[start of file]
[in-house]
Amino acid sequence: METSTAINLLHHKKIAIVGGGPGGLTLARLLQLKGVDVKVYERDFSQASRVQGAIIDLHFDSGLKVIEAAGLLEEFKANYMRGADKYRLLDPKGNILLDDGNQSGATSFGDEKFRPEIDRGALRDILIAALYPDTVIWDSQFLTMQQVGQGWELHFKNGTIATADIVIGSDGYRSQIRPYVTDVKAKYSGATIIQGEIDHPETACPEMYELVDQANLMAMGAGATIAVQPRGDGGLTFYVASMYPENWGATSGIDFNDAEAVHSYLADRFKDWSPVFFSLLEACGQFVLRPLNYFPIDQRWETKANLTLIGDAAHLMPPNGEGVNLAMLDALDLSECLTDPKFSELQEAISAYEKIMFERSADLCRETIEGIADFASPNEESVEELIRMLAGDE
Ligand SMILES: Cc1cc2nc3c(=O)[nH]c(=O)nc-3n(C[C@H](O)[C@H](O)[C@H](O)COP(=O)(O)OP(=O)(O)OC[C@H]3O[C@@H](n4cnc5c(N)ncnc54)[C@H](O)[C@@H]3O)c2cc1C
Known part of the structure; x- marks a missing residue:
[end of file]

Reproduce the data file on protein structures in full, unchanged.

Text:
[in-house]
Amino acid sequence: METSTAINLLHHKKIAIVGGGPGGLTLARLLQLKGVDVKVYERDFSQASRVQGAIIDLHFDSGLKVIEAAGLLEEFKANYMRGADKYRLLDPKGNILLDDGNQSGATSFGDEKFRPEIDRGALRDILIAALYPDTVIWDSQFLTMQQVGQGWELHFKNGTIATADIVIGSDGYRSQIRPYVTDVKAKYSGATIIQGEIDHPETACPEMYELVDQANLMAMGAGATIAVQPRGDGGLTFYVASMYPENWGATSGIDFNDAEAVHSYLADRFKDWSPVFFSLLEACGQFVLRPLNYFPIDQRWETKANLTLIGDAAHLMPPNGEGVNLAMLDALDLSECLTDPKFSELQEAISAYEKIMFERSADLCRETIEGIADFASPNEESVEELIRMLAGDE
Ligand SMILES: Cc1cc2nc3c(=O)[nH]c(=O)nc-3n(C[C@H](O)[C@H](O)[C@H](O)COP(=O)(O)OP(=O)(O)OC[C@H]3O[C@@H](n4cnc5c(N)ncnc54)[C@H](O)[C@@H]3O)c2cc1C
Known part of the structure; x- marks a missing residue: